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What doctors have learned (and you need to know) about mechanical ventilators

vetilator optIn early March, when the COVID-19 outbreak reached pandemic status, anguished cries wen up about critical shortages of mechanical ventilators at hospitals.

In the two months from early March to early May, two things have changed: First hospitals quickly received a surplus of ventilators. Second, as doctors got more experience treating Coronavirus patients, they discovered they didn’t need the ventilators as much as they thought they would.

“Initially we thought we’d see patients get rapidly worse, and we would rather place them on a ventilator in a more controlled fashion than in a crisis when they’re crashing,” said Dr. Marc Rovner, a pulmonologist at Indiana University Health’s Methodist Hospital.

But now, doctors are using mechanical ventilators as a last-ditch tool for making the difference between life and death.

Now “we don’t go right from being OK to being on a ventilator,” Dr. Rovner explained. “We try to wait as long as possible and look for trends that [a patient is] getting better. We put you on a ventilator because we think it’s getting worse: more shortness of breath, breathing faster, getting very anxious about breathing, oxygen saturation below a point we consider safe.”

That’s because, as Kathryn Dreger, a doctor of internal medicine and professor of medicine at Georgetown University, wrote in the New York Times, “These machines can’t fix the terrible damage the virus is causing. [It] buys us time. Ventilators keep oxygen going to the brain, the heart and the kidneys. All while we hope the infection will ease.”

There are some other downsides to ventilator life support that you may not be aware of:

It’s invasive. It calls for inserti9ng a 10-incg long plastic tube into the patient’s windpipe, either through the mouth or through a surgical incision called a tracheostomy in the neck. And because it’s a long process (see below), a feeding tube may be inserted into the stomach.

It’s tricky. “Too much air pressure damages the lung,” says Dr. Dreger, “but too little means the oxygen can’t get in. Doctors try to optimize, to tweak.”

It’s a long, drawn-out process. Coronavirus patients who need ventilator support are usually on it for two or three weeks – sometimes even longer – and in a medically induced coma.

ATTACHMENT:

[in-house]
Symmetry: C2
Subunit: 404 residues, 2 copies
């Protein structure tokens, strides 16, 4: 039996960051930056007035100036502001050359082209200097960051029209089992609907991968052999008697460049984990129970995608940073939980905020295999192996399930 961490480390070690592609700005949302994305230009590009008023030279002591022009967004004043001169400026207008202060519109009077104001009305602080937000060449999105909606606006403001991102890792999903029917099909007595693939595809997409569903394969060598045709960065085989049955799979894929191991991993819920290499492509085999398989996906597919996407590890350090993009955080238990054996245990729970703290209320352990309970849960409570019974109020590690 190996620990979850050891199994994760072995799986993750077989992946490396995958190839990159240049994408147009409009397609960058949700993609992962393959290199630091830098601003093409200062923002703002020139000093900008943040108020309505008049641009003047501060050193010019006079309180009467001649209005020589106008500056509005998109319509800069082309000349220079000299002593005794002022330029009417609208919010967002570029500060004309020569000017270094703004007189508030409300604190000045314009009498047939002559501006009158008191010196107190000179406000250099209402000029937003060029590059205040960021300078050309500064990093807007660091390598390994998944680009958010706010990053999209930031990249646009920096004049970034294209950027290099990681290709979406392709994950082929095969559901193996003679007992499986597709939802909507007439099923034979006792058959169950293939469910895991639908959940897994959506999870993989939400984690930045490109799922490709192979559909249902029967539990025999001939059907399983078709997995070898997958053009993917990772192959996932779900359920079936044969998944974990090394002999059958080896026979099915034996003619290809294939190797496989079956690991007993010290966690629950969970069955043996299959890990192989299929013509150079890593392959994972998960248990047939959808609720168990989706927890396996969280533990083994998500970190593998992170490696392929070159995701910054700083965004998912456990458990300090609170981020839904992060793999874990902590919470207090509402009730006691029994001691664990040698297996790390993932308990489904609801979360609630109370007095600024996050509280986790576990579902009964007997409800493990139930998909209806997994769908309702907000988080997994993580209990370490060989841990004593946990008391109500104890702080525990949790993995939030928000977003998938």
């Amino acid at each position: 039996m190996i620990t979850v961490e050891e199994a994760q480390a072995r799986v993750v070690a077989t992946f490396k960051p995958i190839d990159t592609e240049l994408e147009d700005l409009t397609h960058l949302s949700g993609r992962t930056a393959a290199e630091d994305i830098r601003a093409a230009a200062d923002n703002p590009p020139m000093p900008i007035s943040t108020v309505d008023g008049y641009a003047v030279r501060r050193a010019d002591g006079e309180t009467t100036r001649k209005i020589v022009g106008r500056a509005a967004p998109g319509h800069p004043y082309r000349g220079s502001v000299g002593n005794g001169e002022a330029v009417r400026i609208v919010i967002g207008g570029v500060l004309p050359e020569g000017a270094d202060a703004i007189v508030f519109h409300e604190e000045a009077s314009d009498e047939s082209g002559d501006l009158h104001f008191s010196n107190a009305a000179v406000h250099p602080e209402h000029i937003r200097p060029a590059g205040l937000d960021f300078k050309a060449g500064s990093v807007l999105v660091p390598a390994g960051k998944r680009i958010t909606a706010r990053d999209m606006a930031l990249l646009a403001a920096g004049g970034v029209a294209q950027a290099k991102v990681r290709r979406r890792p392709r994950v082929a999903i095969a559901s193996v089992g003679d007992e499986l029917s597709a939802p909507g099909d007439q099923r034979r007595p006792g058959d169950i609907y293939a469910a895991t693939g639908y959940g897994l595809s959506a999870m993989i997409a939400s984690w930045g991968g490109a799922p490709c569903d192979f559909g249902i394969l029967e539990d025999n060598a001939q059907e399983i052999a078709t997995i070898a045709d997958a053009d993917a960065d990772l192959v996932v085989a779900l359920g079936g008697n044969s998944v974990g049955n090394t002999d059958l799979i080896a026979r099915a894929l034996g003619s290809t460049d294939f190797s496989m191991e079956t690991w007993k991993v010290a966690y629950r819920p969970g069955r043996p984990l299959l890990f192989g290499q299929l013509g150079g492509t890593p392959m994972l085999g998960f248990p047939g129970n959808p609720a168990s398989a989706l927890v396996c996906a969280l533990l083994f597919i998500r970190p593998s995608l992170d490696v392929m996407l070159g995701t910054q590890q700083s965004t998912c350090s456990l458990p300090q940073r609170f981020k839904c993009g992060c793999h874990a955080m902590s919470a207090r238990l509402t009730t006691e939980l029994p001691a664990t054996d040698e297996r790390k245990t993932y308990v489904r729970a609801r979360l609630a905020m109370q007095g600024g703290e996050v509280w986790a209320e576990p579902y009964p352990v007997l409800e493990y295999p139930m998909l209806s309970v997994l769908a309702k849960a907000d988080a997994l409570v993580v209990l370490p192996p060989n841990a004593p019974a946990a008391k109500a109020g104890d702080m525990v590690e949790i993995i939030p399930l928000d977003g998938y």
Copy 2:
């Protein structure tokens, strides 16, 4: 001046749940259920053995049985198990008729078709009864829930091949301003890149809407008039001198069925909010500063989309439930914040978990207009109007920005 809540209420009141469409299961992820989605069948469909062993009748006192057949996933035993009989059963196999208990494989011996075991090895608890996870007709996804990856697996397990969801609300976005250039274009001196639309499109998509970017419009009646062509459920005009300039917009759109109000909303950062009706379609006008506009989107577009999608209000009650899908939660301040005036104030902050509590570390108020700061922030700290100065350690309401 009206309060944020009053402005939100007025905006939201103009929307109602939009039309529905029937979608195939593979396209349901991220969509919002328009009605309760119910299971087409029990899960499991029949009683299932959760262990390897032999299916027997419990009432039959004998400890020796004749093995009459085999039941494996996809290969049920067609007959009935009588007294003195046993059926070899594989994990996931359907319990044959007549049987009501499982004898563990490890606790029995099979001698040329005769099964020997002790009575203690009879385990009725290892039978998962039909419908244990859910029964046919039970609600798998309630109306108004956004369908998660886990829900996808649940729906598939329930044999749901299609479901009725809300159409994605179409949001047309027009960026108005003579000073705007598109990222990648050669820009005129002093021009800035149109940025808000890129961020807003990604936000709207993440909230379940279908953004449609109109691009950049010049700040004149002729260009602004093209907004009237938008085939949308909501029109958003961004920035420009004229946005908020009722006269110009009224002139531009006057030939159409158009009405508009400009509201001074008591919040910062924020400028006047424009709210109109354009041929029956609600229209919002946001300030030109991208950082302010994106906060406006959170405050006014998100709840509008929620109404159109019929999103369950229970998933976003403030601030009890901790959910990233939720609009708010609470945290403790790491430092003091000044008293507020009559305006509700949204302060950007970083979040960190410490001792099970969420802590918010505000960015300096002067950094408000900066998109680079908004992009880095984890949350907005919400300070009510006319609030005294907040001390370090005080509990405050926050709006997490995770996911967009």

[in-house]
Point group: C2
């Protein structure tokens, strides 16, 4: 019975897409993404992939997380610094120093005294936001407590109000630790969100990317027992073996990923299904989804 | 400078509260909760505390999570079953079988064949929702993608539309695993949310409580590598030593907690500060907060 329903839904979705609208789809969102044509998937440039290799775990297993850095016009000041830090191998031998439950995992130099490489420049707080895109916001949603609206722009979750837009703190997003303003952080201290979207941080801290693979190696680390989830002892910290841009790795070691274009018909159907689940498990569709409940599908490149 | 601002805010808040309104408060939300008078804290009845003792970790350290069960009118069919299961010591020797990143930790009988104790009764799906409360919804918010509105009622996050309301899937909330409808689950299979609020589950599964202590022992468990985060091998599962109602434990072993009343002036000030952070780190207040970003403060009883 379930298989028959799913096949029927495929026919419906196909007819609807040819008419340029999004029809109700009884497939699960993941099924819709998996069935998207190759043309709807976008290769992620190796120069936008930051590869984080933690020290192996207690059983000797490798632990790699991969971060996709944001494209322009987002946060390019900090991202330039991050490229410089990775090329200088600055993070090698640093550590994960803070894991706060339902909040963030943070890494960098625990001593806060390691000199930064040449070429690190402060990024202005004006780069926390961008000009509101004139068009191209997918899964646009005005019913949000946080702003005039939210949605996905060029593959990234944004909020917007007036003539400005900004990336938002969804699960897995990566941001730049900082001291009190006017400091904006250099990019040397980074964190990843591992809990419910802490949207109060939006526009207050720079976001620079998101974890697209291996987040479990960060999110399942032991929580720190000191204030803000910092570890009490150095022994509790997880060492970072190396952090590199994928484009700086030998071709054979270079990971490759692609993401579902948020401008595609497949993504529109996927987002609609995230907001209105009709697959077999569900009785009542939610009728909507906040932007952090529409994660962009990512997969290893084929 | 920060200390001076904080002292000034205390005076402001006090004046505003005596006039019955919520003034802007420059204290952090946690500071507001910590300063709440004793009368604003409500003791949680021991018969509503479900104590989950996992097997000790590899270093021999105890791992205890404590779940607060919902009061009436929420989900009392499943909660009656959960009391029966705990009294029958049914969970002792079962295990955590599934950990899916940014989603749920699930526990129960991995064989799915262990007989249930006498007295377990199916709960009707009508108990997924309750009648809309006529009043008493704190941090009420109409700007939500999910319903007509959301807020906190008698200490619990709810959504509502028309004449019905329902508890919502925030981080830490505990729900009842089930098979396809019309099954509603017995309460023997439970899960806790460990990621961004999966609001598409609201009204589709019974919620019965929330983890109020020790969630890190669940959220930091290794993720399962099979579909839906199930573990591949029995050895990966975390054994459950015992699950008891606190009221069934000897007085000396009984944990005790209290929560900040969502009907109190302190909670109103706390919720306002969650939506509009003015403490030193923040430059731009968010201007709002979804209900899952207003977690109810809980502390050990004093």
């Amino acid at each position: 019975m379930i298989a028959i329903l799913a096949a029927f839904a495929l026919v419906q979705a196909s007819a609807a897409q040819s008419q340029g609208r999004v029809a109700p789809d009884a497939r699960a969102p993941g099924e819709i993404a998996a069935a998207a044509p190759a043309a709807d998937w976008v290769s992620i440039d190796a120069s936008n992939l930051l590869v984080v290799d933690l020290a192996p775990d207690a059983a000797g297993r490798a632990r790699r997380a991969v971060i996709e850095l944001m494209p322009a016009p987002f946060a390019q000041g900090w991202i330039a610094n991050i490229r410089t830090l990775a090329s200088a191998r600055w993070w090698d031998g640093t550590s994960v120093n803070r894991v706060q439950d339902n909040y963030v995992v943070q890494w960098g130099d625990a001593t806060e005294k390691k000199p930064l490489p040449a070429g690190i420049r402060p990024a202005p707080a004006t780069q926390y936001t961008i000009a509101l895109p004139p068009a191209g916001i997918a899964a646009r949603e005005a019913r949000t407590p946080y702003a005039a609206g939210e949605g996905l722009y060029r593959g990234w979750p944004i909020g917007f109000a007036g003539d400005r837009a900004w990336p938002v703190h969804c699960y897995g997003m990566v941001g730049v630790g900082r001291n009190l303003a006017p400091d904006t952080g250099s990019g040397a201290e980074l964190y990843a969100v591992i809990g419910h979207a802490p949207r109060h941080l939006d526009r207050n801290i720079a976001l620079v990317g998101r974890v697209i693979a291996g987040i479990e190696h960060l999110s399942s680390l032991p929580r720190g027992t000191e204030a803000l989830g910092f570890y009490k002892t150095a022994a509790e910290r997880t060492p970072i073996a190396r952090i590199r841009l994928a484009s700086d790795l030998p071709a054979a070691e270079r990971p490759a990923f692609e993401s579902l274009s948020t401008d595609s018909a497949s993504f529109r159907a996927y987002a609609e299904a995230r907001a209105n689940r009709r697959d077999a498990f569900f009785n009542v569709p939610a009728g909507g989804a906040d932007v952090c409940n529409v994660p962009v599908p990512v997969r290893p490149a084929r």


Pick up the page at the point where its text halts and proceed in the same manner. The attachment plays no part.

There can be serious complications. According to a study in the Journal of the American Medical Association, as many as 25% of patients’ kidneys fail completely, requiring dialysis. Patients ‘hearts can begin to struggle and fail. Blood pressure can drop, causing shock. Ventilator pressure can collapse lungs or increase risk of pneumonia.

Coming off the ventilator can be hard. It takes a long process of weaning to gradually get patients breathing on their own. Some will struggle enough to need the ventilator again.

Aftereffects can be serious and long lasting. “Research finds that one-quarter of patients who survive a critical illness and an ICU stay experience PTSD,” especially after large amounts of sedation, Johns Hopkins Medicine reports. Weeks of sedation can also cause “profound complications, damaging muscles and nerves, making it hard for those survive to walk, move or even think as well as they did before they became ill,” Dr. Dreger notes.

Patients older than 80 have particularly low survival rates on ventilators, so if you’re that old, it’s important to ask yourself these questions:

  • What do I value about my life?
  • If I’ll die unless I’m put in a medical coma and placed on a ventilator, do I want that life support?
  • What’s the longest you want to be hooked up to a mechanical ventilator?
  • Do I want to stay on it even if my kidneys shut down?
  • Do I want tubes feeding me so I can stay on the ventilator for weeks?
  • Are you up for a prolonged rehabilitation?
  • Or would you rather be made comfortable for the end of life?

Once you know the answers, make sure your family caregivers or a health proxy know too. And make sure the hospital does – in writing.